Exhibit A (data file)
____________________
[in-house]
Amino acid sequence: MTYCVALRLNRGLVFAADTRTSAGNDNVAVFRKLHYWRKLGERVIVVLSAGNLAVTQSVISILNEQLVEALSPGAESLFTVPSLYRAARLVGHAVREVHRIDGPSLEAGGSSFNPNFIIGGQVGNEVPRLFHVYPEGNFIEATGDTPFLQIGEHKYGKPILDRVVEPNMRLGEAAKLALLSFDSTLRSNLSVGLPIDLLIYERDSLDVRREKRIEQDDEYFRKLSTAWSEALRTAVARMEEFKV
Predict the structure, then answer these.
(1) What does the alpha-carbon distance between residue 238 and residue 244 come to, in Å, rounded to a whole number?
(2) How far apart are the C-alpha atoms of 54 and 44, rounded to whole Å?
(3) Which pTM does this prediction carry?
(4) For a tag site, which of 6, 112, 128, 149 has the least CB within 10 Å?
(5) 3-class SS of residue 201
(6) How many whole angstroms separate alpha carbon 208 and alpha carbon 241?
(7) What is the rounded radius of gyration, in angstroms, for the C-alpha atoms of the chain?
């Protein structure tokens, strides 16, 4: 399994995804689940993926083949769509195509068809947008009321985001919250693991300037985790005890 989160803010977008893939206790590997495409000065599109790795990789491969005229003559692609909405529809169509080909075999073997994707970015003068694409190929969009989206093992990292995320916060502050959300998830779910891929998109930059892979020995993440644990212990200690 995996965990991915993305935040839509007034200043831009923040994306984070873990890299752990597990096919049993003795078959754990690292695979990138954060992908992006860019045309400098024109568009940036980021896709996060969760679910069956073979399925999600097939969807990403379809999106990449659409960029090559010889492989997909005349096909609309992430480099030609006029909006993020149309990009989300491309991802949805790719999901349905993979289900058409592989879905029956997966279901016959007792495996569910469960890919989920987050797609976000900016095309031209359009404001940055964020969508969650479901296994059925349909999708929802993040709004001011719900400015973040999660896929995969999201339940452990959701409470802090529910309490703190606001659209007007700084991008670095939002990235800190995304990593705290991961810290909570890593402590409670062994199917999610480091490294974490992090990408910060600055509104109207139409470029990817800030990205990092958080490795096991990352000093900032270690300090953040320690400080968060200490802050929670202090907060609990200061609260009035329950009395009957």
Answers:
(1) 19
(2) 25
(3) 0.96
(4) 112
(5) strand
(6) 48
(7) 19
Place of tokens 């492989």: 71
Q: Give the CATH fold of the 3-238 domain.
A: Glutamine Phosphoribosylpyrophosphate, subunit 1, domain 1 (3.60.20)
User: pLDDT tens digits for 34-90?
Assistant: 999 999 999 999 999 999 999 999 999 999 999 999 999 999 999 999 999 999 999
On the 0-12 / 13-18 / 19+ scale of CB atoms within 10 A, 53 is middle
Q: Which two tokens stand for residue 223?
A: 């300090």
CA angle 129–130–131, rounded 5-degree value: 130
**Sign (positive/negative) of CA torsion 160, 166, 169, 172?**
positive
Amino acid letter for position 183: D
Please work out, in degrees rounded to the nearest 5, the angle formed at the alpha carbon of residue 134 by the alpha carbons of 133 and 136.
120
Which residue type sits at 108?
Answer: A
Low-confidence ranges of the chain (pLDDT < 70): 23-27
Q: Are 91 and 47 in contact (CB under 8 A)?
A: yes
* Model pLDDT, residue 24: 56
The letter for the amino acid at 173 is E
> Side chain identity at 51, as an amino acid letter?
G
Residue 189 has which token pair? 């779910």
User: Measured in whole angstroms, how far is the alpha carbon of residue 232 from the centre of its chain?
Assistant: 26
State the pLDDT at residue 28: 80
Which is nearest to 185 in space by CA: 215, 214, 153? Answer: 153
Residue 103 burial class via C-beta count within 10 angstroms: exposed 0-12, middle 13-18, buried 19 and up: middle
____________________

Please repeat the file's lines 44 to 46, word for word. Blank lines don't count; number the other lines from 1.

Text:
User: Measured in whole angstroms, how far is the alpha carbon of residue 232 from the centre of its chain?
Assistant: 26
State the pLDDT at residue 28: 80